Please click the link below to read the 2020 member survey.
By now you have received the email from Jamie Hall outlining the Employer’s Recovery Plan. In the email, Jamie indicated that starting Monday, May 25, your manager will contact you to have a discussion and ask you a series of questions. Continue reading
As some of you may know, WCB Leadership has created a Recovery Planning Committee to assist with the WCB operationally coming back online as Manitoba’s Public Health unit lessens the Covid-19 restrictions.
Your union was notified of the creation of this committee at the same time and by the same process that all staff were informed, through a company-wide email as part of a daily COVID-19 update. This surprised us but, unfortunately, did not shock us. Continue reading
In the spirit of openness and transparency, I would like to share with you, our members, a letter that I forwarded today to the WCB’s Chief Financial Officer, Andria McCaughan, regarding the organization’s plans to resume “normal” business operations. This planning process is proceeding without representation from your Union, and we feel that this is a missed opportunity to ensure our members’ voices are represented and heard during this important planning phase. Continue reading
To the membership of CUPE Local 1063
Despite finding ourselves in unusual and stressful times due to the COVID-19 crisis, I still feel it’s important for us to discuss a number developments and concerns that have come up over the past year that have an impact on all members.
Last Round of Bargaining
Following a long and grueling 30-plus months of bargaining, the resounding rejection of two proposed agreements, and the narrow acceptance of a third, we finally achieved a Collective Agreement in the Fall of 2019.
Some minimal gains were made, but nothing that truly recognizes the efforts that you, as employees, have put in to provide great service and help this organization meet its corporate goals. While the outcome was disappointing, even more disappointing was the Employer’s attitude and position throughout the bargaining process. This was characterized by their refusal to engage in meaningful dialogue and their unwillingness to provide a rationale for their position on various issues.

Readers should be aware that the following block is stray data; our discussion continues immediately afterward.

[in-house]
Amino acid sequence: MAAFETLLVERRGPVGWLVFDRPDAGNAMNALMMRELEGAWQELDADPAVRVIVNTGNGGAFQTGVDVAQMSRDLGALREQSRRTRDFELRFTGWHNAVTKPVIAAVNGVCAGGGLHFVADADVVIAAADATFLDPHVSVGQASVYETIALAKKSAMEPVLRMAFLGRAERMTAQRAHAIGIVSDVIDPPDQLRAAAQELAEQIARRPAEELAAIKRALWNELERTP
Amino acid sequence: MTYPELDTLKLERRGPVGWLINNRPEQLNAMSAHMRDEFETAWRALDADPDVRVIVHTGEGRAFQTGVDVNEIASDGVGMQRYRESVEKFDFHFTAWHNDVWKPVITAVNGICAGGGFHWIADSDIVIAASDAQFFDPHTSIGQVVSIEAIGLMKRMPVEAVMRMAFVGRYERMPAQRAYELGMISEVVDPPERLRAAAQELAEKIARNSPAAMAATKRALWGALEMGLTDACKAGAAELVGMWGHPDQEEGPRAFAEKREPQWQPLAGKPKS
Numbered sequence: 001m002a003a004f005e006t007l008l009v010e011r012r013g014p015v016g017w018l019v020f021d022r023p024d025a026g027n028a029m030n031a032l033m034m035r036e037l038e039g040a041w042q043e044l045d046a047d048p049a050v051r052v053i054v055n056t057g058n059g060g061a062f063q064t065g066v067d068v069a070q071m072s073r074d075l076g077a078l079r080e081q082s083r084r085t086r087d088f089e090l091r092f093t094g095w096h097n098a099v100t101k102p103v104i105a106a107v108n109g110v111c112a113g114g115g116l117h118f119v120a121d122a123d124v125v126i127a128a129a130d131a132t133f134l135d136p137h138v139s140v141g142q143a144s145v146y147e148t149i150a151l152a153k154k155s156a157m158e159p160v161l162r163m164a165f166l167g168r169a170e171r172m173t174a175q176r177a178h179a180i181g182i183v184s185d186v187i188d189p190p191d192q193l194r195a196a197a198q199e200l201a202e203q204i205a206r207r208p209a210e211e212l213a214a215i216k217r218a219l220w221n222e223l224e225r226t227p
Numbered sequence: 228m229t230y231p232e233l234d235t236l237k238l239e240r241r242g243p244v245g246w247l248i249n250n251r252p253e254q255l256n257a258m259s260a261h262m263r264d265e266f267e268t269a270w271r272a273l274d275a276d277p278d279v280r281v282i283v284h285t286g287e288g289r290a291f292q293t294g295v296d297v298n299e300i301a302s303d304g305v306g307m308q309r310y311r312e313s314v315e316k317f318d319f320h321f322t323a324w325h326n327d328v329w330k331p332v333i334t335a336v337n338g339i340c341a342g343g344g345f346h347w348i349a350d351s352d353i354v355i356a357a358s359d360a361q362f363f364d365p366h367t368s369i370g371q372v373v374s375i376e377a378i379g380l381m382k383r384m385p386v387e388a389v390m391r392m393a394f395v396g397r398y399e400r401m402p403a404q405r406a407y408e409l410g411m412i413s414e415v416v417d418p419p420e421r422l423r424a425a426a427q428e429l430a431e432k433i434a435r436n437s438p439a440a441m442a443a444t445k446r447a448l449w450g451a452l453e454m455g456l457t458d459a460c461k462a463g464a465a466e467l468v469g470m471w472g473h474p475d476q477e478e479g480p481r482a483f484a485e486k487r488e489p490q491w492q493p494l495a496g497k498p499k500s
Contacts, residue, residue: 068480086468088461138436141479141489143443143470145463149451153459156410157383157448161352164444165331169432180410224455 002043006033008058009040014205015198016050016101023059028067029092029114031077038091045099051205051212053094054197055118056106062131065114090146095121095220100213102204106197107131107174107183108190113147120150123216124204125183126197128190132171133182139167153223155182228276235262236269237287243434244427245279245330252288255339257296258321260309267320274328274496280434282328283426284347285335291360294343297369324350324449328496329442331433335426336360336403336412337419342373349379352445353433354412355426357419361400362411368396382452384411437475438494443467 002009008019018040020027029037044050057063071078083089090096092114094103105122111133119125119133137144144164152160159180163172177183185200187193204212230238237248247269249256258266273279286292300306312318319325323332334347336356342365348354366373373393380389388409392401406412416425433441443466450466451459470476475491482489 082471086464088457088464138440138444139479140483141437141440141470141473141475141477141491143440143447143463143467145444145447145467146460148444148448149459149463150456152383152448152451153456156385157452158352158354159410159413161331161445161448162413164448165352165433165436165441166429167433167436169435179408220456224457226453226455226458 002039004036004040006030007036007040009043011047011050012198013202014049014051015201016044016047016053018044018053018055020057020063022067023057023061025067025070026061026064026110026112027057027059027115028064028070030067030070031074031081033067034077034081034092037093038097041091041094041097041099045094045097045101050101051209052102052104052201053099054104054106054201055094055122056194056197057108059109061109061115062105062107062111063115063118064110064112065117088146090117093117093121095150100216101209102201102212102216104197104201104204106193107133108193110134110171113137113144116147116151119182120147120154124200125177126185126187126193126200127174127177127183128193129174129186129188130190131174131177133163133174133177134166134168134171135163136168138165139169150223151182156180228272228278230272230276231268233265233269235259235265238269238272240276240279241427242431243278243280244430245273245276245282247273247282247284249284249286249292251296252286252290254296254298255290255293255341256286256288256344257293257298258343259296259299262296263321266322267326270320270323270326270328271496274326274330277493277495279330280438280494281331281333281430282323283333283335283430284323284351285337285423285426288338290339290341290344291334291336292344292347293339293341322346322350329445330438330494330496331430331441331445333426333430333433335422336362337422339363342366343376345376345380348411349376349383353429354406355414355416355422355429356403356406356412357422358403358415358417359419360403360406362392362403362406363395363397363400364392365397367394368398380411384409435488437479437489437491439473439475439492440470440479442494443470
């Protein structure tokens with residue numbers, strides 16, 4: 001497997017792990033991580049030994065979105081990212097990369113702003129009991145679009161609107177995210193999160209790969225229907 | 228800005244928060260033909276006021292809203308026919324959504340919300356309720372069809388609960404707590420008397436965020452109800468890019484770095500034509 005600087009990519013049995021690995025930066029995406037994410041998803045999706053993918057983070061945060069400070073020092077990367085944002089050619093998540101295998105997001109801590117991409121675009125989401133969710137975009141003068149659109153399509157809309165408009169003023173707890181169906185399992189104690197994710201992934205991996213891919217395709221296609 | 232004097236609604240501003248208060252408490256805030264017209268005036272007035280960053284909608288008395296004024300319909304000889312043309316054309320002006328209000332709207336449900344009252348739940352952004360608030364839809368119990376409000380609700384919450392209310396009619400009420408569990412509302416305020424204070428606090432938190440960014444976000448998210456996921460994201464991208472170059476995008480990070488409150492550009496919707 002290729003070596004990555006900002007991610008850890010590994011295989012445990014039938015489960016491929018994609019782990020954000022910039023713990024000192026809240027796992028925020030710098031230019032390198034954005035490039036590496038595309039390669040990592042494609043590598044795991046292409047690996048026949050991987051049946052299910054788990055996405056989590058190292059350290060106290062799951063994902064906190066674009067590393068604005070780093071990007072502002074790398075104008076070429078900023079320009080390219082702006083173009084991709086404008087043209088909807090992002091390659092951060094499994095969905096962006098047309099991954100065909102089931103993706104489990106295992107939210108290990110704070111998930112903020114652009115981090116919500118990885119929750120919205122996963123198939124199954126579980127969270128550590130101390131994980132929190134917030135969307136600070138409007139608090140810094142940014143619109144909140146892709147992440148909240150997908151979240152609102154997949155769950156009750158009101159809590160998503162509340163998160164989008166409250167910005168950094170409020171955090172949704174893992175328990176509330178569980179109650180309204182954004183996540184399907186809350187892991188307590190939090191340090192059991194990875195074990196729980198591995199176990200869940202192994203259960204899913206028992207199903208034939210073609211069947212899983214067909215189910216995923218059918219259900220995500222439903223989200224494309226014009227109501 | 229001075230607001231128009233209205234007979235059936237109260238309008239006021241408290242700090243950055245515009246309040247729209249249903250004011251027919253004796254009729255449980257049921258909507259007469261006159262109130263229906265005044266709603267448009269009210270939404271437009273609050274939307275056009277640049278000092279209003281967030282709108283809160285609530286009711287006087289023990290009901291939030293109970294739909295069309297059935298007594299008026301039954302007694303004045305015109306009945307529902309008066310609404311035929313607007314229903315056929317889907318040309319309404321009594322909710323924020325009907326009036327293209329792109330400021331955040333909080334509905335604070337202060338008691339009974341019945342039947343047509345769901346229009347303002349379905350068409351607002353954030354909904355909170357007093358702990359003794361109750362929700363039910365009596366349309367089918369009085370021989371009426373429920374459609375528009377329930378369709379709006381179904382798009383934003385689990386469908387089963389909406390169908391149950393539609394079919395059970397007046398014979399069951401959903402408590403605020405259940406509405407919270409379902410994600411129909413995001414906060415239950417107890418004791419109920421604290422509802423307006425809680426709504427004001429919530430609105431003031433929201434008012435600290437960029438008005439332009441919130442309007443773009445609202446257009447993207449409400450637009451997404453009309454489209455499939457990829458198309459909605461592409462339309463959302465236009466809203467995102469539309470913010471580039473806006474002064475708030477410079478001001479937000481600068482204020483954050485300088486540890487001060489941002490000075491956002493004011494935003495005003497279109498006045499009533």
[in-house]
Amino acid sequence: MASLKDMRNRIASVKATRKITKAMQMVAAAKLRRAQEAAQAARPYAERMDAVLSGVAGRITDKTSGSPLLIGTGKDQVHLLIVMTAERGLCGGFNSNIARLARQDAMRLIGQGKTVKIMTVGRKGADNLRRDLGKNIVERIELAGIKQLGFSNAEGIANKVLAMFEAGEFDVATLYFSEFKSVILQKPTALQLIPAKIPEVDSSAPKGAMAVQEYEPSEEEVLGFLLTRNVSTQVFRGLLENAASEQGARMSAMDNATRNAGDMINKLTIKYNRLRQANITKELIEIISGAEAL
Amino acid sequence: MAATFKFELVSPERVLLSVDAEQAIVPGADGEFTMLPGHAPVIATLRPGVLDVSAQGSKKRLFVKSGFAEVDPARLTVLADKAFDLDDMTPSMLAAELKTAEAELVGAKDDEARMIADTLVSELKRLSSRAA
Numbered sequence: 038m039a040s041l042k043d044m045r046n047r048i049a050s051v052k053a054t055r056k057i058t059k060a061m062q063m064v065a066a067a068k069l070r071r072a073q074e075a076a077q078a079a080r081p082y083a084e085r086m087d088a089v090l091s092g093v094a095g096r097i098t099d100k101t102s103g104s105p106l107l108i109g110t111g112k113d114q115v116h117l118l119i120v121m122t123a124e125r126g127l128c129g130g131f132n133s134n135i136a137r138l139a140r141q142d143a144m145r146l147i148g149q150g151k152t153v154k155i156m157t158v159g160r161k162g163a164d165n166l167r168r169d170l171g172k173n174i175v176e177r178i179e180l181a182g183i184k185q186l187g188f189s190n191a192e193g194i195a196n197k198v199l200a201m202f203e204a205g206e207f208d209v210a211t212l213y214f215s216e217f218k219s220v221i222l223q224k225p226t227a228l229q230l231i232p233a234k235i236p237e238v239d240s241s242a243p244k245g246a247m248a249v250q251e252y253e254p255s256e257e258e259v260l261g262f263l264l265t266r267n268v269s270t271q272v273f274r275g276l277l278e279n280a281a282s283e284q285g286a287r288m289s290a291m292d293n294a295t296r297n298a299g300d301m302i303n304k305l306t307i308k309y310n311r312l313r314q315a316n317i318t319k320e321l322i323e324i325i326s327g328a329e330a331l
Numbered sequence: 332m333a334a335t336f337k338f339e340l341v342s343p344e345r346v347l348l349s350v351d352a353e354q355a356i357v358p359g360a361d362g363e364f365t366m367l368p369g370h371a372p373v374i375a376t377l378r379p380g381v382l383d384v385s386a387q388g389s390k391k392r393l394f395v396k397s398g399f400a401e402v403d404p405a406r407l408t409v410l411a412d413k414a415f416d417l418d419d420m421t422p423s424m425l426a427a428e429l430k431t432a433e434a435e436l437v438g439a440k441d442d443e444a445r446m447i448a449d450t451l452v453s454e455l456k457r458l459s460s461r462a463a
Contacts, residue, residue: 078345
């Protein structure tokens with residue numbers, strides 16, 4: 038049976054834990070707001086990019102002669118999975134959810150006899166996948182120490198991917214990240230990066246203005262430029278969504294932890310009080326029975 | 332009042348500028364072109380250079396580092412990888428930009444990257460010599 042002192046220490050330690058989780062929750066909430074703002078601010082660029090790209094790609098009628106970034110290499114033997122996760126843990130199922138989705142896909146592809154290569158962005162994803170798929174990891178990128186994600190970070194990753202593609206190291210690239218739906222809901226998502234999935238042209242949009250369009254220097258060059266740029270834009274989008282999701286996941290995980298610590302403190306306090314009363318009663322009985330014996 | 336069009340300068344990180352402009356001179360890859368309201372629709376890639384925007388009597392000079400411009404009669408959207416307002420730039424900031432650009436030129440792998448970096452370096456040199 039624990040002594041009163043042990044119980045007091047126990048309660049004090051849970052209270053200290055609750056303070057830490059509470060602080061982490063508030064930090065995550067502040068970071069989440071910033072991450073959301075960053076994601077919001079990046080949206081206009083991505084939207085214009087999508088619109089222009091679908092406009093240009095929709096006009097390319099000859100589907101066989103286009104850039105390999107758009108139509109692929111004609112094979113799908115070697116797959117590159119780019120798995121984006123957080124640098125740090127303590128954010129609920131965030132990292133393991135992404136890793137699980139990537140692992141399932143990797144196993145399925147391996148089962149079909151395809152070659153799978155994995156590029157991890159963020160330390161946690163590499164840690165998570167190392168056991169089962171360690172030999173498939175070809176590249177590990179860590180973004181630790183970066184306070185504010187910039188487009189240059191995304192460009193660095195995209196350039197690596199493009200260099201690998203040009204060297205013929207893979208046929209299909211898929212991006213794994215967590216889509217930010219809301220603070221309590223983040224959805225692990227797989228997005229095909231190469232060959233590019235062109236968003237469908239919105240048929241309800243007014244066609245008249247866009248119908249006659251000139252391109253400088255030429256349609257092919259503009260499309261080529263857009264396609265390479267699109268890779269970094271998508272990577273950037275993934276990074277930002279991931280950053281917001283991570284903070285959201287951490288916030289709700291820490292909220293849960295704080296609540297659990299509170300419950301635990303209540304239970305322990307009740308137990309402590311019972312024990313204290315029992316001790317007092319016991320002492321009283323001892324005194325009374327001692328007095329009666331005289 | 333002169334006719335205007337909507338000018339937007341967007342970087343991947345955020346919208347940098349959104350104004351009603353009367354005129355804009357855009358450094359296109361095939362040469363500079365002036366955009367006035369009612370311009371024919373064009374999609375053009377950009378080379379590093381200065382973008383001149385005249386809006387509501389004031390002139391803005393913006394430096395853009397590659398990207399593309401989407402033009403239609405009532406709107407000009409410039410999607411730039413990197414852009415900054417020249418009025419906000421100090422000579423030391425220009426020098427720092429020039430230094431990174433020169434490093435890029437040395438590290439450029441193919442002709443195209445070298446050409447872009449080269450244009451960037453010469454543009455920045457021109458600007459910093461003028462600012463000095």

I want to thank all of you for your interest and engagement throughout the bargaining process. Your attendance at the bargaining meetings and your input throughout the process was crucial to our ability to maintain a strong and unified voice. I also want to thank you for your courage in repeatedly sending the message through your votes that you would not be taken for granted and were ready to fight for a fairer deal.
Top 30 Employer?
It’s ironic that in a year when the employer showed a persistent unwillingness to recognize the value of its employees, in 2019 the WCB was once again named one of Manitoba’s Top 30 Employers.
An article outlining why the WCB received this award stated that: “The WCB has placed a higher priority on striving to meet the safety and health of its members. It’s one of the reasons the WCB was recently recognized as one of Manitoba’s Top Employers for the ninth year in a row. Our Strategy to keep Manitoba workplaces safe and healthy includes our own employees. They’re a big reason for our success and it’s important that they work in an environment where they feel safe, valued and respected.”
The article goes on to say, “Consistent with the WCB’s prevention approach, mental health is a critical component of overall safety and health for staff. Resiliency workshops, mental health first aid training are offered. We recognize that psychological health is just as important and this is reflected in our approach to keeping our own staff safe and healthy.”
Those are nice words, but they are not reflected in what we see happening every day. I could recount many instances of managers intimidating employees. In one unit, we have had two employees quit and three transfer out because management showed no intention of addressing the mental health concerns arising from treatment by their manager. When the union raised these issues and even filed a grievance for one employee, our Top 30 Employer defended the manager and blamed the employee.
Quite some time ago, Mental Health First Aid training was offered. Employees signed up and completed this training. What has happened since? After the training, the names of all those who completed this training were to be posted so that all staff could approach one of these people trained in Mental Health First Aid to assist them. To date, there has been no follow through on this initiative.
In explaining how the WCB became a Top 30 employer, the Employer noted that they recognize the importance of psychological health and safety. If so, they have very strange ways of showing it.
Among the other reasons cited by the selection committee for the WCB being recognized as a Top 30 Employer is that they conduct a survey of their employees every two years. Not true. The last employee survey was conducted in early 2017.
You really have to wonder what this employer is telling the Top 30 Employer selection committee, or how much due diligence the committee does in verifying these claims.
Many of you attended the recent Exec Connect, the first one held in three years. When asked at the event about why it had not been held for so long, the President and CEO said that it had been a difficult time with the negotiations taking place. Difficult times are precisely when real leaders show up.
The communications leading up the event stated that “There will be plenty of opportunity to ask any member of the EMC questions. If you’d like to submit your question in advance, please email them and your question will be provided to the appropriate EMC member.”